Oil prices could move “a lot higher” from current levels given the world’s deep reliance on fossil fuels and may hit $150, says Christopher Wood from Jefferies.
“In a world that really reopens — which is a big ‘if’ — the oil price can go significantly higher,” Wood, global head of equity strategy at the investment bank, told CNBC’s “Street Signs Asia” on Wednesday.
Is $150 out of the question? Can it really keep pushing higher? Right now we’re already at 7 year highs from when it crashed in 2014.
We all remember the days when oil prices were consistently in triple digits and it looked like we’d never see anything less. But somewhere along the way, things changed and oil prices took a nosedive, bottoming out at around $30 a barrel by early 2016.
But as Wood points out, that was largely before President Donald Trump took office and his America-first energy policy started to take hold. “Now you have got an administration which is much more supportive of the U.S. hydrocarbon industry than any previous administration has been for many years, if ever,” said Wood when Trump was leading our industry in a better direction, this was the start of what could of been a major uptick for our industry.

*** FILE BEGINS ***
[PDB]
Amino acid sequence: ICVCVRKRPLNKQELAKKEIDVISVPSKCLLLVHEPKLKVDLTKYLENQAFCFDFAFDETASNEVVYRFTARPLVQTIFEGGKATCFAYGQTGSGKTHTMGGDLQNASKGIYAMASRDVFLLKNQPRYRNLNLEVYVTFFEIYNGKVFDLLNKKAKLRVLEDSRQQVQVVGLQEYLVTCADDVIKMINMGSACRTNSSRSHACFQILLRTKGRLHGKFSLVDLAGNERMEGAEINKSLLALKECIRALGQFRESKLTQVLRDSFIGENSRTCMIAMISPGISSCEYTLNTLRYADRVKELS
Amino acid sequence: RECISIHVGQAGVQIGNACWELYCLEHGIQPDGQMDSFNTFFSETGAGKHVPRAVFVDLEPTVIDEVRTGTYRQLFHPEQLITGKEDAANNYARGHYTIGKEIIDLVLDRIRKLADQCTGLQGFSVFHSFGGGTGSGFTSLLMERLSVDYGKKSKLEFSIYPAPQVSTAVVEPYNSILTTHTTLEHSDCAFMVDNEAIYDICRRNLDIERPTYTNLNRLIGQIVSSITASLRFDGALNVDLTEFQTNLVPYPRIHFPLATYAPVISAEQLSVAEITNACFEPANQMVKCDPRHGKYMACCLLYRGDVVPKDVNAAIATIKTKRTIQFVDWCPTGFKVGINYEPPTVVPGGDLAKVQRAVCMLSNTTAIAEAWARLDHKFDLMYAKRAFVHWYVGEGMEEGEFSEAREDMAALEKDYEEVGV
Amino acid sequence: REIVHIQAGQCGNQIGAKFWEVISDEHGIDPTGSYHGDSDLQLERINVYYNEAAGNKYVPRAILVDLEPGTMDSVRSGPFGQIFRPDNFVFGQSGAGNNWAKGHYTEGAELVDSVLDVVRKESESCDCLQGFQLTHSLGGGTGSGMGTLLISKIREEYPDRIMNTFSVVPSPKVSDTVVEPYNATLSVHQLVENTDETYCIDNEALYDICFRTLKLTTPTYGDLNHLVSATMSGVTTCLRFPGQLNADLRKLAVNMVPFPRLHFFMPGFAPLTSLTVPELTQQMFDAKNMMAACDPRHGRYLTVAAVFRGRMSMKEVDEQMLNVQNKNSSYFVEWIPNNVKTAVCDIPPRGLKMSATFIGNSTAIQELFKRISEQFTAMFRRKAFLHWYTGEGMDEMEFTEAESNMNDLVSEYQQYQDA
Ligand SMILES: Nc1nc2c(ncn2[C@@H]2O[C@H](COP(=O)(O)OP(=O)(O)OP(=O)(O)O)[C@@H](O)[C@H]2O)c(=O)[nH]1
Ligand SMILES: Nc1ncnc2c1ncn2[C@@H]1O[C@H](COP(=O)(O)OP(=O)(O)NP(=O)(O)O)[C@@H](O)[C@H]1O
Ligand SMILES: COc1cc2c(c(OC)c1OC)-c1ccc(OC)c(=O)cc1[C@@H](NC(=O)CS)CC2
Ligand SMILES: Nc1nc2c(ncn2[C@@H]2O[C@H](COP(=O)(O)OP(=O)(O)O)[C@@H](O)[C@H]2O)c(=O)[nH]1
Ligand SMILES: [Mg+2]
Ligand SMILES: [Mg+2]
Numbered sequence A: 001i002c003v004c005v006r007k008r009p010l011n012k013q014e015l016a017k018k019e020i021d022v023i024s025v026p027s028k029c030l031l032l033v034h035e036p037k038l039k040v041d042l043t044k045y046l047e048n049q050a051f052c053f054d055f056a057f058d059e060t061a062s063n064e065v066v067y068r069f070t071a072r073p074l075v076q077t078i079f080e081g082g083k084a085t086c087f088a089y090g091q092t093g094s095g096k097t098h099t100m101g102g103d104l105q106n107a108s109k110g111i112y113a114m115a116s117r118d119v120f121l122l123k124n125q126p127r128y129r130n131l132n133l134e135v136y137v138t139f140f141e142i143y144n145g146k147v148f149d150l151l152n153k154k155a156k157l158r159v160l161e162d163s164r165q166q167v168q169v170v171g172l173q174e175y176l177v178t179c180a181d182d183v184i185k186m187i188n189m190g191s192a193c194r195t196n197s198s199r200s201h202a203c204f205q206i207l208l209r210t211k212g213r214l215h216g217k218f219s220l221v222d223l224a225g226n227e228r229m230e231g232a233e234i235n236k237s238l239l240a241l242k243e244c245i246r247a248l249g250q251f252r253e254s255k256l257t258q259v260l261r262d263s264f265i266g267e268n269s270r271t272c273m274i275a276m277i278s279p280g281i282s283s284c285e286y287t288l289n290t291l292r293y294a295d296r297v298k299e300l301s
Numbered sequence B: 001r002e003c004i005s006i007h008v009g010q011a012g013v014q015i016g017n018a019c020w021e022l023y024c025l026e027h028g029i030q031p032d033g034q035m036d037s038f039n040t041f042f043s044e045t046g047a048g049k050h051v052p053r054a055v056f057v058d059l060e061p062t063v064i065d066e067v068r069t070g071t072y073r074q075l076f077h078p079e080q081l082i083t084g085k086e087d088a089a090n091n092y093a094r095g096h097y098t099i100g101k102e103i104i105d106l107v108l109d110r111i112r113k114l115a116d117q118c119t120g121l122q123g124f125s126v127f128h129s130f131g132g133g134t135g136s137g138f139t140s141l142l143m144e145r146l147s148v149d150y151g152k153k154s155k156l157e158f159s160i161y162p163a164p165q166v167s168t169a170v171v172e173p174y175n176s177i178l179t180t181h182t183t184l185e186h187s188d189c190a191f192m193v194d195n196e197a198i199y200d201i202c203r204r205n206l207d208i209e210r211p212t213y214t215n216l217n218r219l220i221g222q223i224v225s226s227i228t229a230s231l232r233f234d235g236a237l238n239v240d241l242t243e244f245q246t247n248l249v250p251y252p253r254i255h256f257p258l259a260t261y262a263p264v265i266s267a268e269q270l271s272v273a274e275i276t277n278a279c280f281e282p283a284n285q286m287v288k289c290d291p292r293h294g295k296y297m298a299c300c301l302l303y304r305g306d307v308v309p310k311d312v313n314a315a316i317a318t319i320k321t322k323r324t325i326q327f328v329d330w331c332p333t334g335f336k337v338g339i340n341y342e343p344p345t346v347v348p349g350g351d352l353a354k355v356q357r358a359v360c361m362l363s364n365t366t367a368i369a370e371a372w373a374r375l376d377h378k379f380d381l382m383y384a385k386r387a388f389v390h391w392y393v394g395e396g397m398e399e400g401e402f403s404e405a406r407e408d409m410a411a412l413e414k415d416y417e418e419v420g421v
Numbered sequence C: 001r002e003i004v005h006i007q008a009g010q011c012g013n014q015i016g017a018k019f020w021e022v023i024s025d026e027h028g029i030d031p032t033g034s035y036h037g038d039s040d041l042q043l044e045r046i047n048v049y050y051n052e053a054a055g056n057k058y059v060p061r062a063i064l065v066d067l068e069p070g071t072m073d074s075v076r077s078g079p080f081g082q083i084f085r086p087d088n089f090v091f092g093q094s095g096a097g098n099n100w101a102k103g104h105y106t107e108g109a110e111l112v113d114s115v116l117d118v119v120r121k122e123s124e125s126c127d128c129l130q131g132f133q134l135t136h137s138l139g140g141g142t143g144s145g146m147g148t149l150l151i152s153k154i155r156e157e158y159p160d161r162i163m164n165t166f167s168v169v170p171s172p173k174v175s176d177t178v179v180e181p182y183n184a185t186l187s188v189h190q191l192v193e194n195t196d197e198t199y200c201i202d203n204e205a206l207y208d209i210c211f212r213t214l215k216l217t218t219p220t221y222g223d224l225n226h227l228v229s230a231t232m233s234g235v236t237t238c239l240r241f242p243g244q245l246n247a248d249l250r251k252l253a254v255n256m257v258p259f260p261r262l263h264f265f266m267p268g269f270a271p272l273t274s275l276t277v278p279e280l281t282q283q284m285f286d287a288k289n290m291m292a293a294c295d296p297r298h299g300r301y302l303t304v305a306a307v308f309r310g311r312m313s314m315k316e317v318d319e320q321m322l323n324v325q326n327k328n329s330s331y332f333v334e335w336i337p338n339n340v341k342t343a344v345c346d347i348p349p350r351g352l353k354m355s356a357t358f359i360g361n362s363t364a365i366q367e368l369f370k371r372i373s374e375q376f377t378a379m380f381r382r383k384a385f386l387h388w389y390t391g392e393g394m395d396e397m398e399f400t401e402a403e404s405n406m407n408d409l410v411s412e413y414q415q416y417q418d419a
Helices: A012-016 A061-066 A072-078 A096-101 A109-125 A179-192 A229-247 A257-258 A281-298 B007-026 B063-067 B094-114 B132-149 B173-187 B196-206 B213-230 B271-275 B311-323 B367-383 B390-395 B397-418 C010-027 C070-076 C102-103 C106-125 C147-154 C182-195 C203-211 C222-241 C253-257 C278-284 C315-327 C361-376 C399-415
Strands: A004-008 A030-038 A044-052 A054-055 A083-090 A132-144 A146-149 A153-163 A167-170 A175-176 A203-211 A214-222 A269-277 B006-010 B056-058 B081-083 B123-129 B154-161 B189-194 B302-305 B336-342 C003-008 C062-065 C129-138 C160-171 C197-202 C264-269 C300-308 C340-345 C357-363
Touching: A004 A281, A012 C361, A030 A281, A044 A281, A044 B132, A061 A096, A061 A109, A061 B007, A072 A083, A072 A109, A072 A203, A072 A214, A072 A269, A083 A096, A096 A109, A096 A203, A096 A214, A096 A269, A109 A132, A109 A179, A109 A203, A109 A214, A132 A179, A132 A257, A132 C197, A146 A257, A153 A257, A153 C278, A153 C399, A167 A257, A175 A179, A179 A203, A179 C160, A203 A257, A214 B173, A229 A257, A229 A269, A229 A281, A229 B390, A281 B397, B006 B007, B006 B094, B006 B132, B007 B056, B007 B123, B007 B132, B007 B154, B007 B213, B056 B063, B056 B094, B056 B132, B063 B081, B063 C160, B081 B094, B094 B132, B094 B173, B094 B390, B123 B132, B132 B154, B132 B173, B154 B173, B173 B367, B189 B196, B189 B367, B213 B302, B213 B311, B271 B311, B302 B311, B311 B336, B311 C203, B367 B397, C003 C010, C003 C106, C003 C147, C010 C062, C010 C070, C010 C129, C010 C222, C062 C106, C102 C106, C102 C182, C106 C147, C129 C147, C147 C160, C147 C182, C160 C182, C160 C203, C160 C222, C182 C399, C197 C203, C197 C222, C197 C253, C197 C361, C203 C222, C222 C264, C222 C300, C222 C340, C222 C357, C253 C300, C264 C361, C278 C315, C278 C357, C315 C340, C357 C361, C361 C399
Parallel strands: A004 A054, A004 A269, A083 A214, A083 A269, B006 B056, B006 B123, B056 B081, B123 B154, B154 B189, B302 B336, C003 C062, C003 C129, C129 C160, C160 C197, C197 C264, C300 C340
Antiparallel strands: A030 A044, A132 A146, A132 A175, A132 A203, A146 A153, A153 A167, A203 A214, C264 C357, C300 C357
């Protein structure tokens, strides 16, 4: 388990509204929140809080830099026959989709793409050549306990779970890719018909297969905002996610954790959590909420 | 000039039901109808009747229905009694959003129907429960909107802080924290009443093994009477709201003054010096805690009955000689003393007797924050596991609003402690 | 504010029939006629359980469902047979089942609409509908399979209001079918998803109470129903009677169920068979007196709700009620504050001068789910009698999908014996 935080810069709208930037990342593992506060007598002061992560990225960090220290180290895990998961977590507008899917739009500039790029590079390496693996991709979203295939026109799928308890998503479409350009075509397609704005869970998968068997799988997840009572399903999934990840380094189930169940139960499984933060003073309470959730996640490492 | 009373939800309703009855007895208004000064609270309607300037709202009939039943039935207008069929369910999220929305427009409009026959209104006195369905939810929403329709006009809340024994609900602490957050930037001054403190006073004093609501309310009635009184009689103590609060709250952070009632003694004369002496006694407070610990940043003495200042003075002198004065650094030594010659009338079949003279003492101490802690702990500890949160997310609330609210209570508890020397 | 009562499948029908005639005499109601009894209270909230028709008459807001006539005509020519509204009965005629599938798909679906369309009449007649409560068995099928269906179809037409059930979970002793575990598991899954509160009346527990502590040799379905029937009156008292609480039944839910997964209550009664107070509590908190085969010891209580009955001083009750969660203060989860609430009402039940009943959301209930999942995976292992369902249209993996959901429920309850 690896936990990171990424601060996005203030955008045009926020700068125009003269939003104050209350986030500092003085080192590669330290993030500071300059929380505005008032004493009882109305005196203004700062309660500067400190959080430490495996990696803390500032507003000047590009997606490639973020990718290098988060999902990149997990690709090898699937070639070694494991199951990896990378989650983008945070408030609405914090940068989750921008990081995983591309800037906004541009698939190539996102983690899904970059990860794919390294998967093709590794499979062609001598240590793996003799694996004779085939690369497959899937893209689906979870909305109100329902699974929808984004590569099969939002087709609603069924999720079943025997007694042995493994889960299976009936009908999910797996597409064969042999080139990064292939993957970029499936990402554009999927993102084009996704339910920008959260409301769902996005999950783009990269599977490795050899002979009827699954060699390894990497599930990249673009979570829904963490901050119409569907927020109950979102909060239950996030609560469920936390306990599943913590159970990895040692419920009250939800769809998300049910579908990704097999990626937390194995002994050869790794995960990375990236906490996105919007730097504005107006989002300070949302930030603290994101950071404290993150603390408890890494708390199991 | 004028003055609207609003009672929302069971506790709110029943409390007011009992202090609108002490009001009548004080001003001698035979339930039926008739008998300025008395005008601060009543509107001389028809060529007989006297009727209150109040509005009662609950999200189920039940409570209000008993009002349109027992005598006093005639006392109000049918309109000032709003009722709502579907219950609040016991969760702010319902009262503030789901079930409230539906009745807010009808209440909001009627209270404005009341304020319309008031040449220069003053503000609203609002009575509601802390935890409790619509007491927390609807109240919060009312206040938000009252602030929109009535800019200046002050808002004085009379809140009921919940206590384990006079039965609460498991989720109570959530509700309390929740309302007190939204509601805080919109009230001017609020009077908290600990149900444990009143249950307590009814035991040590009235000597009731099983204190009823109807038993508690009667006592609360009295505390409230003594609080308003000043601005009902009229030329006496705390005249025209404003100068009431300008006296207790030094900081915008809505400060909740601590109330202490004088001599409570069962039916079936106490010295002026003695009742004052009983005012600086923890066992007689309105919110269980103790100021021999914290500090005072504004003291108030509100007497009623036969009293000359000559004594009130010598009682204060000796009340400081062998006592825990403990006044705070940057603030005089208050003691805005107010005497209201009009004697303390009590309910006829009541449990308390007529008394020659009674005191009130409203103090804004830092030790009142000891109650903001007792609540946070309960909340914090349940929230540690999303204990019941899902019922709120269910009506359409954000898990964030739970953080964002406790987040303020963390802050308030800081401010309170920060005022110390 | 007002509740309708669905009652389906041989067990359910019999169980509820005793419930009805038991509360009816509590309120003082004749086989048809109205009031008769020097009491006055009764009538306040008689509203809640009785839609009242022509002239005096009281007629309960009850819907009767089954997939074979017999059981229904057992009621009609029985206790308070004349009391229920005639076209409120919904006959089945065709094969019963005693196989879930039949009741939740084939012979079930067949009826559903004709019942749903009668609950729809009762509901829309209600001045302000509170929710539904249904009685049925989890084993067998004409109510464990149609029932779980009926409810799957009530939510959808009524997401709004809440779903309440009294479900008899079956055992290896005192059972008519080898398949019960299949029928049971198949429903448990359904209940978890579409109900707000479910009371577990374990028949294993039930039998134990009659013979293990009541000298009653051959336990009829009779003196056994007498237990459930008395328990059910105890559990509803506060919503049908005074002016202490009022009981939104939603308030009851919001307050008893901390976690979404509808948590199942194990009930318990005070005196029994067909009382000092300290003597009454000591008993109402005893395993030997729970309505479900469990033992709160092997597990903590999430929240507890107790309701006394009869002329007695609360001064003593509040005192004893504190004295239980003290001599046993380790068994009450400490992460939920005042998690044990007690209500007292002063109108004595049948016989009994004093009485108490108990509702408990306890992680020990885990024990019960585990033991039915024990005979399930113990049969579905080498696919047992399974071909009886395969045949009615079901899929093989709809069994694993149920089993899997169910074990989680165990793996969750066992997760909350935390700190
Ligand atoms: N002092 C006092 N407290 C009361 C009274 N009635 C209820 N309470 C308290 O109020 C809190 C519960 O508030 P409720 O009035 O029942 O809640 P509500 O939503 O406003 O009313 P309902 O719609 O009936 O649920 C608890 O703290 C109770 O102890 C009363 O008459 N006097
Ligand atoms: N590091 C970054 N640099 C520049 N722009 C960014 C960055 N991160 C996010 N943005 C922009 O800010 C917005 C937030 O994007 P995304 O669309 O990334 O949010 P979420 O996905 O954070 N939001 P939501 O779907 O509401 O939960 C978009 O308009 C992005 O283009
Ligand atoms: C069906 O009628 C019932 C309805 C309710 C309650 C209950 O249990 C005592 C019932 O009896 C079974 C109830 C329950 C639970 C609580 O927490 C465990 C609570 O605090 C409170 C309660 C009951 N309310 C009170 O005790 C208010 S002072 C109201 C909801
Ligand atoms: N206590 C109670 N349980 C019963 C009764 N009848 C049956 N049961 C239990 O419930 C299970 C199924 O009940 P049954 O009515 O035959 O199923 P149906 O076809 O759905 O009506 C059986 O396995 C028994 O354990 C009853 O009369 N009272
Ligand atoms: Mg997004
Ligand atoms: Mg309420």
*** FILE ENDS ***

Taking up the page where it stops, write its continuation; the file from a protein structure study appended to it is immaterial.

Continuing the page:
Wood believes that with continued growth in global demand for oil — especially from China and India — combined with production cuts and stability from OPEC and Russia, oil prices could be on their way back to the $150 a barrel price point in just a short period of time.
Could oil prices really keep rising?
Currently we see oil climbing to around $100 a barrel short term instead of the $150.
There are many factors that could drive prices back up to that point.
- Inflation – Inflation is on the rise and will help oil prices increase.
- Political Instability – Around the world, different nations seem to be at odds on many different fronts.
- OPEC Agreement – OPEC members agreed to cut back and stabilize oil production which should help prices stabilize.
- US Shale Production – Although US shale producers can ramp up quickly, they are also very quick to scale back down when prices get too high, adding more stability to the market.
- Demand for Oil – Global demand continues to grow as economies like China and India continue to develop at a rapid pace.
- Covid – Covid isn’t breaking out as bad as a lot of nations thought it would this time around, which is allowing for more of a demand of oil products.
All these factors taken together paint a rosy picture for increasing oil prices in the short term – even if $150 per barrel may be out of reach.. $100 is within out sights we believe.